“Ok, where is it?” he asked as he emerged from my apartment hallway.
I looked up from my work at the kitchen table. “Where’s what?”
“The room?” he said with a look of excited confusion.
“What room?” I asked, knowing this was the appraiser my landlord warned me would be stopping by, but not understanding the question.
“The room with all the stuff,” he said. “You know, the panic room.”
Now realizing what he was asking and why, I smiled and replied, “This IS all the stuff. No panic room.”
He spun around and turned to face me, almost laughing as he said “I’m not sure I’ve seen anything like this before.”
I should back up.
This has been a year of defining moments. The moments when we dare to ask ourselves what we value and if our actions are aligning with those values. The moments that make space for real change to occur. A willingness to admit what’s not working, change course, and reinvent can be the beginning of something beautiful.
So this past year I’ve started to list the things I value. What do I really want to do with this one life I’ve been given? Here are some things on the list.
- Engage more deeply in relationships
- Do satisfying work
- Get outside and play more
- Earn and spend wisely (and give more away)
- Get ridiculously healthy and help others do the same
- Rest more
- Learn more
- Go on epic, difficult, and inspiring adventures
- Do stuff that matters and leave a legacy
The list was on my mind one day as I started to clean out my closet. That’s when it hit me. Not one of these values involved more stuff. Even further, not one of them involved the stuff I already had. No stuff was required. Conversely, what was keeping me from tackling this list? All the work I had to do to keep getting more stuff.
Growing up, I recall the phrase “hold it loosely” being used often. I think this was a way of saying that if you hold things loosely (people, possessions, etc) you’ll be more aware they could go away at any moment and perhaps you’ll be less heartbroken when they do.
Lately I’ve started to wonder how loose is loosely? When it comes to stuff, what if instead of holding it loosely I just don’t hold it at all? Then I don’t have to stress over whether I’m holding it loosely enough. It’s akin to not worrying about getting that dress at 30% off or 40% off because it’s 100% off if I don’t buy it.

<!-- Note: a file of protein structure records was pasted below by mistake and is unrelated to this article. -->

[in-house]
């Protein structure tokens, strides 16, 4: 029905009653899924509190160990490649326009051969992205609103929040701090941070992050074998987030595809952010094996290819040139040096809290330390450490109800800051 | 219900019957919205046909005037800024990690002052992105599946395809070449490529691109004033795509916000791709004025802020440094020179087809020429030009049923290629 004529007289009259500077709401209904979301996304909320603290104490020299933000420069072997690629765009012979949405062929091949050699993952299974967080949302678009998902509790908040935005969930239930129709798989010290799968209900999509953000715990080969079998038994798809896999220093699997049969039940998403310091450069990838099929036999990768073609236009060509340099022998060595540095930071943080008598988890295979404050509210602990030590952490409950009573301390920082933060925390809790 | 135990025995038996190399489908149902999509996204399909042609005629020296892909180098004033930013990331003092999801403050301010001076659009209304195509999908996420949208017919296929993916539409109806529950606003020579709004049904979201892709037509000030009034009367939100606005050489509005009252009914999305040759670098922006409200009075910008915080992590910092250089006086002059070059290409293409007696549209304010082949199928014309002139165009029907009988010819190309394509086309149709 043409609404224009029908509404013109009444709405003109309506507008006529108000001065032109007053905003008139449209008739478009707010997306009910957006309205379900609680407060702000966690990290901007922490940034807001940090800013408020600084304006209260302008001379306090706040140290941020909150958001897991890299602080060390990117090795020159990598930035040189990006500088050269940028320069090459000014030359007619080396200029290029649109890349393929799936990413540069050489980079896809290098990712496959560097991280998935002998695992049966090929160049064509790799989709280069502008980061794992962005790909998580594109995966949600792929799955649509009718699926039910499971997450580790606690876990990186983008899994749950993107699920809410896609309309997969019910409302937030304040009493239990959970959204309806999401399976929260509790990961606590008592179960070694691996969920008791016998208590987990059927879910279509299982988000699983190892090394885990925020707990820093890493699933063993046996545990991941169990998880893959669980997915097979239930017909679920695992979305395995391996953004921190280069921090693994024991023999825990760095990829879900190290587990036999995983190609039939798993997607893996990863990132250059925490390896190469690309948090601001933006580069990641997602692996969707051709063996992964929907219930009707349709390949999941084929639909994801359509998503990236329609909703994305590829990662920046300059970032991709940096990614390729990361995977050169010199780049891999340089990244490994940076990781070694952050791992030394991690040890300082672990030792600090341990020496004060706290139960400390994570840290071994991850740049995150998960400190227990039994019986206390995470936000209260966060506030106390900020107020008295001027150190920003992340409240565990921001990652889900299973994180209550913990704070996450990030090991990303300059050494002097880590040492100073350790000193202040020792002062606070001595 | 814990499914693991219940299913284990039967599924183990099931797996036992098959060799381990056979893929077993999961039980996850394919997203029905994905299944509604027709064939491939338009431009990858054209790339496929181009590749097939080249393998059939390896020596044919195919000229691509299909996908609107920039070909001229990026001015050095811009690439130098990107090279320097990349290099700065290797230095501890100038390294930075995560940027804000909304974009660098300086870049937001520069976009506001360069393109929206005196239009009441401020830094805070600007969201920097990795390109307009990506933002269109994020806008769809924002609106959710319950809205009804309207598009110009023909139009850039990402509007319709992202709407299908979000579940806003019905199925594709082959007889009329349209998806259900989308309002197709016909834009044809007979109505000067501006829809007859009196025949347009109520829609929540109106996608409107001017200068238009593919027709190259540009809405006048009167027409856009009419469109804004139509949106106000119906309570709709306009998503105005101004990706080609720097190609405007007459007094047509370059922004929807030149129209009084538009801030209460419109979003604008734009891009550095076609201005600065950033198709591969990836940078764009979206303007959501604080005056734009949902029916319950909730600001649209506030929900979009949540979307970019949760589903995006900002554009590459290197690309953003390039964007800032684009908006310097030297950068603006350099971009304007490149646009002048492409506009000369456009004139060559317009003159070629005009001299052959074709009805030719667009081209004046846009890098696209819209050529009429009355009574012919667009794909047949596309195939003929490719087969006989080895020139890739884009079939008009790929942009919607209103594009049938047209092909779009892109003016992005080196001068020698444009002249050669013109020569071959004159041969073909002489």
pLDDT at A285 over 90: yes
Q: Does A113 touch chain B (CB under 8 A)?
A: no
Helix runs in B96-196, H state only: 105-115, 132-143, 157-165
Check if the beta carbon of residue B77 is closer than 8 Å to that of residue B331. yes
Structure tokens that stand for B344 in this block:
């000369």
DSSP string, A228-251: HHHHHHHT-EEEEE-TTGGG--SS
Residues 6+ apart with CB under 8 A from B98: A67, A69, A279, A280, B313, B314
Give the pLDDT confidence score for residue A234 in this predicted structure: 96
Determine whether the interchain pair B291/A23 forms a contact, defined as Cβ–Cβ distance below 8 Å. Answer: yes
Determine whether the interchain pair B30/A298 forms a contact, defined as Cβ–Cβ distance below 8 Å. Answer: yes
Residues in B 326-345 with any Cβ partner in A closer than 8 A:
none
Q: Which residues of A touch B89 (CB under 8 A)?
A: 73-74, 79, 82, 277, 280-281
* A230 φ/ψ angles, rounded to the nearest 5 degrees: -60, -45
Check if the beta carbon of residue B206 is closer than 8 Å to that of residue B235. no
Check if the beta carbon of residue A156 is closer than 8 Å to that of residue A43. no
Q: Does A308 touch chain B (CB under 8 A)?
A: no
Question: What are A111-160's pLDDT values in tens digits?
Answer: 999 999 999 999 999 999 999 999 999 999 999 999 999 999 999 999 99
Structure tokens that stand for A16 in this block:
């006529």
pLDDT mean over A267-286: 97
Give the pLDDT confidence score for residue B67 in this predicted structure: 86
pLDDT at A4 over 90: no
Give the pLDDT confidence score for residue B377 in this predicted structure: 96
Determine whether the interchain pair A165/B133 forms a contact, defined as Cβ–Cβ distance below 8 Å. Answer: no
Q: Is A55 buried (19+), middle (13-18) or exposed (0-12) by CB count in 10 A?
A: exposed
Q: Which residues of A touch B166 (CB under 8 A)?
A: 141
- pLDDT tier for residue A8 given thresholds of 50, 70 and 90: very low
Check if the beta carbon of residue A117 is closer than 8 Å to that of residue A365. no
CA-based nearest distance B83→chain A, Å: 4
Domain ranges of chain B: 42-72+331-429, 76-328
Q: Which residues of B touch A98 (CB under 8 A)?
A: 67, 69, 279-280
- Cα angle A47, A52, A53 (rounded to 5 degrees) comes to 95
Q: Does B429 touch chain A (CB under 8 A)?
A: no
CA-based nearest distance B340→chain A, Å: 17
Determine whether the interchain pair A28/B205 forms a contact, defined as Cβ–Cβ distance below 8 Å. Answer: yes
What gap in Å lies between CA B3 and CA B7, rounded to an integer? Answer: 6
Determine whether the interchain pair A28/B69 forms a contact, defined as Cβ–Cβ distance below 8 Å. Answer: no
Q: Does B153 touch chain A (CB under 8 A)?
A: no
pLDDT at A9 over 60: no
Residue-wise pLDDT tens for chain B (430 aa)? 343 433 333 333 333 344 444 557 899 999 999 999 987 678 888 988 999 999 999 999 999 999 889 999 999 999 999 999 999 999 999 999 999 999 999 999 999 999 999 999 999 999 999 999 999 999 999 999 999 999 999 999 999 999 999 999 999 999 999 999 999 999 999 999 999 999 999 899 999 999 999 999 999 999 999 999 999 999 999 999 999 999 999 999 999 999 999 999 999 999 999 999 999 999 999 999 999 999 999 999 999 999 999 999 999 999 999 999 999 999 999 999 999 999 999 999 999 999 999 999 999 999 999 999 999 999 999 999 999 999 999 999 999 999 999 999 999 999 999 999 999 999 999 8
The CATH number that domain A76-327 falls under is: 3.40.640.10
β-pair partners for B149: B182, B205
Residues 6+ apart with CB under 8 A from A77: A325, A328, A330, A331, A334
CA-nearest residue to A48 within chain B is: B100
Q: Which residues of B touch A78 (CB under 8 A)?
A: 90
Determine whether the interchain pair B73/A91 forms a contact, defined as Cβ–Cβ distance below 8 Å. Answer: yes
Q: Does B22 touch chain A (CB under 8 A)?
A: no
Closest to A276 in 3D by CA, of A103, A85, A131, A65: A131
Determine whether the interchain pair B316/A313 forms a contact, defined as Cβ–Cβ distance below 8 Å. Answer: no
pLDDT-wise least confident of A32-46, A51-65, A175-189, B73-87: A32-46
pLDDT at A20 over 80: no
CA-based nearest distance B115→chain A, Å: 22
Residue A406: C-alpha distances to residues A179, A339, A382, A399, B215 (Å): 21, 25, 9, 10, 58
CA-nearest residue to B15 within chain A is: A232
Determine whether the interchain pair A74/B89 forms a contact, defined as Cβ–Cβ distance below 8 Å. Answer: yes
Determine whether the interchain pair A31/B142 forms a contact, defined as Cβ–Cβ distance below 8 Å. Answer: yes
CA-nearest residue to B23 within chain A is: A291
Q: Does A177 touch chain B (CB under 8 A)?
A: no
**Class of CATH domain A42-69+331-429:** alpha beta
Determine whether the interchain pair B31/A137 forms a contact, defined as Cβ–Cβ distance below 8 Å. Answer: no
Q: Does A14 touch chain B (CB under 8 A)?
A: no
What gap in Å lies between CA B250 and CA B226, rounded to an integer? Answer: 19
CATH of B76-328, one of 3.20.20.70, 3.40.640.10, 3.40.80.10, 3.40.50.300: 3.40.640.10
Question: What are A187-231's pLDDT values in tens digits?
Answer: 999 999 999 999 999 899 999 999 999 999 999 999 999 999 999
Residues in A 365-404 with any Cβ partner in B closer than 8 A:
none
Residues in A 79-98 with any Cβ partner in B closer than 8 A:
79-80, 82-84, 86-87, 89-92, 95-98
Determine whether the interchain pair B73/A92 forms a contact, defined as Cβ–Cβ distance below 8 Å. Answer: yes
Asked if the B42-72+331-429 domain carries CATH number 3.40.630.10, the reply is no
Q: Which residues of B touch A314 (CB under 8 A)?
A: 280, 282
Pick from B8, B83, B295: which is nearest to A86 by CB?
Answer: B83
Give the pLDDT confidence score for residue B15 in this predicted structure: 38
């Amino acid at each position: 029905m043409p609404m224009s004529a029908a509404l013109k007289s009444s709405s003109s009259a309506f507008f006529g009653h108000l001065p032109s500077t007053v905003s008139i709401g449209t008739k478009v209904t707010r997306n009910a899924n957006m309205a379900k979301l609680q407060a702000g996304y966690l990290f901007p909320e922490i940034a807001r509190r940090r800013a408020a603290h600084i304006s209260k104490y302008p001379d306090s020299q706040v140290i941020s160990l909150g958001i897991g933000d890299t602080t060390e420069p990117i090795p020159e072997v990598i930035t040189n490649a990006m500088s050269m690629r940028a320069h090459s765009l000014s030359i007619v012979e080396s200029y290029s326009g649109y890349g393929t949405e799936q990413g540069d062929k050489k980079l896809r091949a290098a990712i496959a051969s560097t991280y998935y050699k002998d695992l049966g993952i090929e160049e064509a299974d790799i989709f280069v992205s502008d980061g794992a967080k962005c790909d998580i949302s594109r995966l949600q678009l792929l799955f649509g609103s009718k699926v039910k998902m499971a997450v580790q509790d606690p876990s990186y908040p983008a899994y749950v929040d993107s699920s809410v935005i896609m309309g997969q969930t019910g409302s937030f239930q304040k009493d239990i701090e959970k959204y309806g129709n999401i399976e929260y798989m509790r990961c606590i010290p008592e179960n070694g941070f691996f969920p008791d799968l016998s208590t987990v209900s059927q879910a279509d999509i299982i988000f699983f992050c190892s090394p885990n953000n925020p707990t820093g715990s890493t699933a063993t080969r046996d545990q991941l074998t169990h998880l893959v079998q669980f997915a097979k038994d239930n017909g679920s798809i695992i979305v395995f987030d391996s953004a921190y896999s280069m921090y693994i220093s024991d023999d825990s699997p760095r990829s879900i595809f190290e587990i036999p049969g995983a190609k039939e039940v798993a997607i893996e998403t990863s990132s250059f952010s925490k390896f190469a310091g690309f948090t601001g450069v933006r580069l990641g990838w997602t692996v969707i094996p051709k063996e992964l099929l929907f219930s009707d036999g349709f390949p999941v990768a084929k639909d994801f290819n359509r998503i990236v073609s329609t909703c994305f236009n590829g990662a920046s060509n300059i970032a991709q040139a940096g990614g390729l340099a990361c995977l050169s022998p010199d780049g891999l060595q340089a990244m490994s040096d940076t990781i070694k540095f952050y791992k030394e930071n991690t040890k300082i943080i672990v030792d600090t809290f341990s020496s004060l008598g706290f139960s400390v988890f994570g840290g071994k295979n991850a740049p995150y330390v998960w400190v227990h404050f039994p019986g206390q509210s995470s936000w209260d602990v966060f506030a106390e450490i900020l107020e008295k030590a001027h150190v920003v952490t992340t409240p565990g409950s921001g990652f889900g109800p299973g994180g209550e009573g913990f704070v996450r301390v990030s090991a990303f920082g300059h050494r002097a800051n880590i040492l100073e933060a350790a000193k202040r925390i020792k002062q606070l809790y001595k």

As the saying goes, “NO one in the history of the world has ever washed a rental car.” In other words, we overvalue what we own and undervalue what we don’t. So why strive to own so much? How much stuff do we really need? How much is enough?
Inspired by the wardrobe purge, I decided to keep going. How much could I get rid of? Once I started, I couldn’t stop. It was energizing. As I put things on eBay and sold them on Craigslist and gave them away (the MOST fun) not only did my living space start to clear, but my mind and spirit followed. I realized the clutter wasn’t just physical, it was emotional, and letting go of it was a game-changer.
Surprisingly, once most of the stuff was gone, I didn’t want it replace it with new stuff. I began to realize that always wanting the next thing distances us from the value of what we already have.
I fundamentally like order and dislike clutter, but recognize not everyone thrives in an ordered environment. Some people live and work best in varying states of disarray. No matter your living style, I still propose it’s a question of intentionality. How do we thoughtfully challenge the status quo of “enough”? How do we live more richly with what we have?
I still have more than I really need, but I’m working on it. I still “loosely” hold one too many bicycles. The process of learning to live with less has highlighted where I want more.
- I want less money and more time.
- I want less stuff and more connection.
- I want less status and more space for creativity.
I’m learning the truth in one of Gretchen Rubin’s Secrets of Adulthood: By giving up, I gain.
Aligning our actions with our values not only brings clarity, but can help us be ridiculously selective about what we allow into our lives and what we let go of.
Added bonus: No need for a panic room.